Unless I can mention that it’s hard to be excited for anything after a two-hour drive becomes three and a half hours because of traffic which exists for basically no reason well outside of rush hour.

You know what, I’ll just go with “hooray, I met Yoko Taro at PAX East.” That’s exciting for me.

Justin Olivetti (@Sypster, blog): I was truly heartened to see both many and varied MMORPGs and other online titles showing up, from the big boys like FFXIV and World of Warcraft to smaller indie fare like Ship of Heroes and Pantheon. Major props to Eliot and Andrew for working their butts off to cover all of this and bring us back reports that we can read in luxury without having our feet fall off in the process.

My most positive impression from reading through the pieces is just how many “pleasant surprises” there were in the bunch. Even if I don’t always agree with the tone or direction of certain projects, I do want MMOs to succeed and to cultivate more variety. So yay for Ashes of Creation achieving solid combat, Pantheon successfully bringing back that old gameplay feel that it wanted, seeing Legends of Aria leap forward in quality, hearing Ship of Heroes’ enthusiasm, and of course, getting the announcement of World of Warcraft: Battle for Azeroth’s launch date.

Sure, I wish more games and studios could have been there. Trion is having a stellar year with lots of interesting news, but it was at GDC and not PAX. But I think we got a fantastic amount of reports that might give some players hope for the future.

Your turn!

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Toy Clown

Awesome work reporting from GDC. Thank you MOP writers!

From the seat I occupy, I was most rooting for Ashes of Creation and enjoyed seeing what they’ve managed to pull off in such a short time. I was also surprised to note that many of their dev team came from working on EQ1 and 2, as well as SWG. I often wondered what happened to the dev team outside of Raph Koster from those days! That probably explains why I’m warming up to AoC so much!

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rafael12104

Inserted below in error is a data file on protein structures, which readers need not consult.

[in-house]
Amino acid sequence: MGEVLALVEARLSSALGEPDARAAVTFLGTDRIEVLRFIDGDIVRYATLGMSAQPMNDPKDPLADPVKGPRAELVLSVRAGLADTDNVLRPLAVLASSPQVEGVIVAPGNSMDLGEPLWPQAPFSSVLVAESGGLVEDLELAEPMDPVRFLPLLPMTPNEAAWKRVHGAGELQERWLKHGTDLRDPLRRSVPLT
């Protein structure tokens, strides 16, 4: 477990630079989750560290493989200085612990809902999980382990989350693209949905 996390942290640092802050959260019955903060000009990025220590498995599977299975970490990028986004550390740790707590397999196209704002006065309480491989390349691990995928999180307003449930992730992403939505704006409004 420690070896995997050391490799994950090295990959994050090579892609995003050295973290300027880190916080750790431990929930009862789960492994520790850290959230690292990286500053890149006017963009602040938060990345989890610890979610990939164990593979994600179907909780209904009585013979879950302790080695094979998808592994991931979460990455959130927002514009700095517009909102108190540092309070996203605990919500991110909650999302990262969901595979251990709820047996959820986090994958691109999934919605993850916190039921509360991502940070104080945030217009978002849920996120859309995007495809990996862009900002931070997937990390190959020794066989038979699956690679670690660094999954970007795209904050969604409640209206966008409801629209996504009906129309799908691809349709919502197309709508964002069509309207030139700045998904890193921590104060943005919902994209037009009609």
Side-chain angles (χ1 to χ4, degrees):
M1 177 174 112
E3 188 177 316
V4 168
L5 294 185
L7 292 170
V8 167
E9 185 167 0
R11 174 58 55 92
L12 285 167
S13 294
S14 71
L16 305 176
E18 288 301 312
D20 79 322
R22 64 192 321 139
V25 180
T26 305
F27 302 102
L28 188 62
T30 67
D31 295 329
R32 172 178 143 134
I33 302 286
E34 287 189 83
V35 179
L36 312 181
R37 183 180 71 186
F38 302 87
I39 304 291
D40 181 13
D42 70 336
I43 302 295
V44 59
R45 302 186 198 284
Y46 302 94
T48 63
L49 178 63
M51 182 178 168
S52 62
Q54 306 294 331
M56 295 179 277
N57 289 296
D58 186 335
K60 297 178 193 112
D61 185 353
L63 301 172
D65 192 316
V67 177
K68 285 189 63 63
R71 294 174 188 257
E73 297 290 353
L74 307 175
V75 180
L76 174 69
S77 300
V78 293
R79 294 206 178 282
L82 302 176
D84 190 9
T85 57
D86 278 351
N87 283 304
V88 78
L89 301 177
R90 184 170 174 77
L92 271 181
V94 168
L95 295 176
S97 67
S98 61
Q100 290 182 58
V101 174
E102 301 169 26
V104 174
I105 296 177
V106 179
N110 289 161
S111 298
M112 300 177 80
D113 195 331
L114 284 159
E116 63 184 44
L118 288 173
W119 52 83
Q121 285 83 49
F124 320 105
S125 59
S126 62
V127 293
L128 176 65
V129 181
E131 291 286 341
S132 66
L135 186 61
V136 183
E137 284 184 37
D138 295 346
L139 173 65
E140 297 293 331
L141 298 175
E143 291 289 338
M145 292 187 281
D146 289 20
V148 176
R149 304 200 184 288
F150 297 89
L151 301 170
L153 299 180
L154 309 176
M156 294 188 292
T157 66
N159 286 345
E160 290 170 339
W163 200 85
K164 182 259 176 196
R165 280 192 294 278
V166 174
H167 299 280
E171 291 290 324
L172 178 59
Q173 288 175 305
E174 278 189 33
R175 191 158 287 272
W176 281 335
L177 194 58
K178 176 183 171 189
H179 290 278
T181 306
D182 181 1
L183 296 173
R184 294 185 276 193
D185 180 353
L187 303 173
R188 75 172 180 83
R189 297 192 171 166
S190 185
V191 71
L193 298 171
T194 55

So, I think the coverage by MOP was great. I rely on sites like MOP to show me what is going on because I can’t go to PAX or GDC every year, or maybe any year. Even though, to be honest, I will someday. Lol.

Credible sources are important listening posts at Pax because of the hype. After all this is nothing but a big marketing shindig. And yet, relevant information can be had and Eliot parsed and brought it to the fore with regard to our interests.

GDC is another beast, IMO, but similar. The marketing spiel is less to a great degree and there are almost cerebral conversations. Almost. Lol. You see, IMO, they over hype is still there but in a different guise.

Take SpatialOS for example. A buzzword to many gamers outside of GDC as the great dev hope for the future. But is it really? I loved when Andrew but Roper through his paces with good solid questions that dove into the details (which Roper didn’t seem to want to get into). LOL! Yup, pierced right through the hype.

So, I feel like I get more from GDC in terms of what the devs are thinking and pushing themselves, but more fan service from Pax and yet important info on the state of games in production.

The best coverage would be to go myself. ;) But, unless someone starts to pay me for playing games, I don’t see it happening.

Kudos MOP.

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Reht

Really didn’t follow PAX all that much beyond wanting to see where Ashes and Pantheon were at. Rend wasn’t on my radar until the PAX info started rolling in, so now i am intrigued and have started looking into it. Thanks for that MOP! Ashes looks like it’s coming along very nicely, so that’s exciting. However, as someone who KSed the game, i am a little disappointed in what i can only assume was them spending a shit-ton of money for their huge booth rather than on development as a crowdfunded game. Hopefully it make them more in the long run. I am very pleased and continue to be impressed with Pantheon’s progress with such a small team. 2019/2020 should be a couple of good years for MMO players!

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Alex Malone

There wasn’t much that came out of PAX that caught my attention, however I was intrigued by REND, I didn’t really know much about it and it looks like they’re doing some interesting things.

GDC was much better. Favourite was Koster’s piece about the trust spectrum. I really love that deep research and how it gets applied to games and as a community-minded player, his work on the trust spectrum got me really interested. Also enjoyed the UO panel, whilst I never played the game it’s always interesting to hear frank discussions from behind the scenes rather than the usual fluff/pr crap that we get.

Also liked the Yokozuna piece. Like Bree, it fills me with dread as to how much manipulation of player behaviour is possible when you have the data. However, I am a big believer in data and firmly believe that data, but itself, is neither good nor evil, it’s the way you use it that counts. I hope that companies like Yokozuna get used for their data analysis and that the outcome gets used to make more enjoyable, engaging games rather than just how to wring more money out of players.